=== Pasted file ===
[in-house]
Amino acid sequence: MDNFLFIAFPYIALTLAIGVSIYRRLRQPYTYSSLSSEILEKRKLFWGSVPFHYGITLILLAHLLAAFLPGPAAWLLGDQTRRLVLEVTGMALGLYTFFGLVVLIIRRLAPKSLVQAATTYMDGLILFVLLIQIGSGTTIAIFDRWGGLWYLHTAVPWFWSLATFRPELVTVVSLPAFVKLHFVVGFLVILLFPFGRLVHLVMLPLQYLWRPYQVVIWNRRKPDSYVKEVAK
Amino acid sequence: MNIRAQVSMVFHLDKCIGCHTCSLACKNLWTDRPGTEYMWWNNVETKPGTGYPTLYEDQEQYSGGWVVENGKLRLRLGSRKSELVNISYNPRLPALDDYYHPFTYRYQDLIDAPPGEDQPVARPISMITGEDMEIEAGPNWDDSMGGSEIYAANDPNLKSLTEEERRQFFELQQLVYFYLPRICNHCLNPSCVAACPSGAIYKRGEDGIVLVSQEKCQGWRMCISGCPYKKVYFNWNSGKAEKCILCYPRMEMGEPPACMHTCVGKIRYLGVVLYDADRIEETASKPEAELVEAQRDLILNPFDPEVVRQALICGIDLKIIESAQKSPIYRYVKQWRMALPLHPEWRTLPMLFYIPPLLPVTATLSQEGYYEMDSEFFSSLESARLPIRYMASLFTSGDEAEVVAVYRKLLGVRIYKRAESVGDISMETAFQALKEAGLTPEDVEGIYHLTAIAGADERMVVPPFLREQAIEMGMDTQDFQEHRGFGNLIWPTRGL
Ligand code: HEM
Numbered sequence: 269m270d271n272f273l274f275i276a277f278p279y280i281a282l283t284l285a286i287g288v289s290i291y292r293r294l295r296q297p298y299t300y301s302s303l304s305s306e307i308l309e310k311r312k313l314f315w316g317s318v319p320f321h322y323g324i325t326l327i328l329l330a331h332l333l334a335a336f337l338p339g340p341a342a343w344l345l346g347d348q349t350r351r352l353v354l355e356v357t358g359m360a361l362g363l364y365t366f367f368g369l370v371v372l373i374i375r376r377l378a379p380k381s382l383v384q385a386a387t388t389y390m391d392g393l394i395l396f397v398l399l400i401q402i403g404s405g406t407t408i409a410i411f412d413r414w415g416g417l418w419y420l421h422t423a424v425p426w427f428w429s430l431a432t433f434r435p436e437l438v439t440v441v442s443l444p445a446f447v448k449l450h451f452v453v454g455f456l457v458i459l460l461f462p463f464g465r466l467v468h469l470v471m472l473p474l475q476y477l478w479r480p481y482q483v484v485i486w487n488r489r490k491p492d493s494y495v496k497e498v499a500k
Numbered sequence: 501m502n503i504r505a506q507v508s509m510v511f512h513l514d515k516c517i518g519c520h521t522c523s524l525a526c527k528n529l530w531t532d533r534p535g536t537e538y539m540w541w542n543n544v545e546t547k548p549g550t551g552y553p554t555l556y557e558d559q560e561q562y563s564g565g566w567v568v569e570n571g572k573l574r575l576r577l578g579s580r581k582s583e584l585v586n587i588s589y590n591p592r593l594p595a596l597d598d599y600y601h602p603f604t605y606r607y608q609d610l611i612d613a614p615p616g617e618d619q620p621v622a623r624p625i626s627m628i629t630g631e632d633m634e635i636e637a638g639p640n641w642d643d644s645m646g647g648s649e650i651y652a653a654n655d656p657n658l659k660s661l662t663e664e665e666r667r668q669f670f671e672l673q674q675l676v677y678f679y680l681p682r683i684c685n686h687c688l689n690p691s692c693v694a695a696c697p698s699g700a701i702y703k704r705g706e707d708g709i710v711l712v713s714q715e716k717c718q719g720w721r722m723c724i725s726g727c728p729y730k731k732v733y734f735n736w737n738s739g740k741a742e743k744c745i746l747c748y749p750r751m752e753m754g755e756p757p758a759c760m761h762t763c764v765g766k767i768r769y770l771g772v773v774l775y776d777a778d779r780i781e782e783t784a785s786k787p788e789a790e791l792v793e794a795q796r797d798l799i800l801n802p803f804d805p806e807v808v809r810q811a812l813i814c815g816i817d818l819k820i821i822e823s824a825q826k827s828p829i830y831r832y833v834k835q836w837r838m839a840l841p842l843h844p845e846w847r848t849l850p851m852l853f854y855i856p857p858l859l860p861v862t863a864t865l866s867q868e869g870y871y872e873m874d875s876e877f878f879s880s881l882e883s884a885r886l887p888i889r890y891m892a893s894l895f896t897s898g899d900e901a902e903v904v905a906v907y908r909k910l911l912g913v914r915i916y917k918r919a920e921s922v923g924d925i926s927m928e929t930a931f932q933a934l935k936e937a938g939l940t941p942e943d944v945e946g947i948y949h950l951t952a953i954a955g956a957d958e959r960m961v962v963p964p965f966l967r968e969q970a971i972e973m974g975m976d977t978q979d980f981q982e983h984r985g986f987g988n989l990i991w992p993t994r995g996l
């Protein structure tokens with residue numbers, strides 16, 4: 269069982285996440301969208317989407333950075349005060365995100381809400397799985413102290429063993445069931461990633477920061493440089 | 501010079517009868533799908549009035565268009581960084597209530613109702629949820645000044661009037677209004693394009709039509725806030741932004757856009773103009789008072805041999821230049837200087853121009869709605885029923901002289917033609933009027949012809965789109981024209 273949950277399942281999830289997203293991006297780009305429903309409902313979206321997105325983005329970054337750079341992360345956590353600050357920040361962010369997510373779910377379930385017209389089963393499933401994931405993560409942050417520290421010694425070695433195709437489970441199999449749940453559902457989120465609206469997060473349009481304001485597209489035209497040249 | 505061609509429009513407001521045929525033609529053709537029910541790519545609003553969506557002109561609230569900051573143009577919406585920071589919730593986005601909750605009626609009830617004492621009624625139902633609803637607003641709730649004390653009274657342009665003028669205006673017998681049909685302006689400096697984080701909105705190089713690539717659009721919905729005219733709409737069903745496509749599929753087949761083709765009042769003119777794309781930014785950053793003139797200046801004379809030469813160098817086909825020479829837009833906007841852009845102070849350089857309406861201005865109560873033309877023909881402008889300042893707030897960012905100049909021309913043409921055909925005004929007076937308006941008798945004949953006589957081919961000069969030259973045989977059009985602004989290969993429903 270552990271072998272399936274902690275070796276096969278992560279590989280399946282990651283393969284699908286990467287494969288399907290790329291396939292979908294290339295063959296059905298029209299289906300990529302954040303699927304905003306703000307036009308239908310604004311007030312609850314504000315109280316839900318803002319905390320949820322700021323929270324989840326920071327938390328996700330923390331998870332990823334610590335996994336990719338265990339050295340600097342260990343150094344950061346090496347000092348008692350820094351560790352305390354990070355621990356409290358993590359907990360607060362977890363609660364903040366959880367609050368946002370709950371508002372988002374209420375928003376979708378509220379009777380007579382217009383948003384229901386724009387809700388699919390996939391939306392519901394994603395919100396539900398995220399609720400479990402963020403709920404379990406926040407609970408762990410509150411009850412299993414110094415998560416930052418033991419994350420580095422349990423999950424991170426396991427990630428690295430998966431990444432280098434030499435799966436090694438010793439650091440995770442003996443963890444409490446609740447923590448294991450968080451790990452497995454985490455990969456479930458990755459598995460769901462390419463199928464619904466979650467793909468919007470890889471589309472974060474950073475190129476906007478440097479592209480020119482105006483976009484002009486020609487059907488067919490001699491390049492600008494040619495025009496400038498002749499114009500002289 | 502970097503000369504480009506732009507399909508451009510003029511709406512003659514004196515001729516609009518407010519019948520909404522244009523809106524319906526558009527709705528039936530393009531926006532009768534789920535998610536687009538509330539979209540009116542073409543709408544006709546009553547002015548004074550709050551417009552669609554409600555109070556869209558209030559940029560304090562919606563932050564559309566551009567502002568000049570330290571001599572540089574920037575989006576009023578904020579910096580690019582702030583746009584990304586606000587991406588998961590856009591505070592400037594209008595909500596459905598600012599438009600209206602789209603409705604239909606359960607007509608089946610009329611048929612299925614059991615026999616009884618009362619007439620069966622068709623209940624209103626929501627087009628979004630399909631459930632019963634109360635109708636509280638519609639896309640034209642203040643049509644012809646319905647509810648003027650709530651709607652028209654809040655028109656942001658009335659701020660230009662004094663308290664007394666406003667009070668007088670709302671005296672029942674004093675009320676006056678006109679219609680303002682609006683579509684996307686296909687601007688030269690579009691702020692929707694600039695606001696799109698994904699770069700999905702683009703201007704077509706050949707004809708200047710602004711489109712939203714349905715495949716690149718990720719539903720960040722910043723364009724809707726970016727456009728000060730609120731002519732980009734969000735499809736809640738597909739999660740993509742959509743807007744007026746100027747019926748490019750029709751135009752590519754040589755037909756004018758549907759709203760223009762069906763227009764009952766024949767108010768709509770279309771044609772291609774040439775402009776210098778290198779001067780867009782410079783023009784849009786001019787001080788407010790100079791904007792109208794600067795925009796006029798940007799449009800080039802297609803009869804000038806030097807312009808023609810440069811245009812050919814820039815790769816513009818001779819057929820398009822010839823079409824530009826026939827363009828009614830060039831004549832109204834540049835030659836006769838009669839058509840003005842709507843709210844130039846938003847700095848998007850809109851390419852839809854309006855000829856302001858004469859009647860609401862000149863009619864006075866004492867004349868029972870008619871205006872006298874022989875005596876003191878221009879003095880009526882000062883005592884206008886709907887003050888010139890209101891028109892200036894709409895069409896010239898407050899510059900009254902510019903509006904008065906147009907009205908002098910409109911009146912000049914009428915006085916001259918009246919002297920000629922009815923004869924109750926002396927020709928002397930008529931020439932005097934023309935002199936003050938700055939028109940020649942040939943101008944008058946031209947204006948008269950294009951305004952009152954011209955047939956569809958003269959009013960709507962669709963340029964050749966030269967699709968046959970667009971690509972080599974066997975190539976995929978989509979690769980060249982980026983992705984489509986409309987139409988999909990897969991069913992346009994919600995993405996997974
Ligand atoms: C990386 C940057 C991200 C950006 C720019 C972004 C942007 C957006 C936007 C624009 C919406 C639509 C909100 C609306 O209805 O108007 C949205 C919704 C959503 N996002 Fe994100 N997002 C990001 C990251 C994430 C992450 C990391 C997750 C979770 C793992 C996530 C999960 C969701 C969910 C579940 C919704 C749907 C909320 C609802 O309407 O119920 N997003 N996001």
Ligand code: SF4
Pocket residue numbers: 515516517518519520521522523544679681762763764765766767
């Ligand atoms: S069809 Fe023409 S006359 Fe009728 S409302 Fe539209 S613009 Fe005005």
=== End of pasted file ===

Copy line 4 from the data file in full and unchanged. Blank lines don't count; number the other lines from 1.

Ligand code: HEM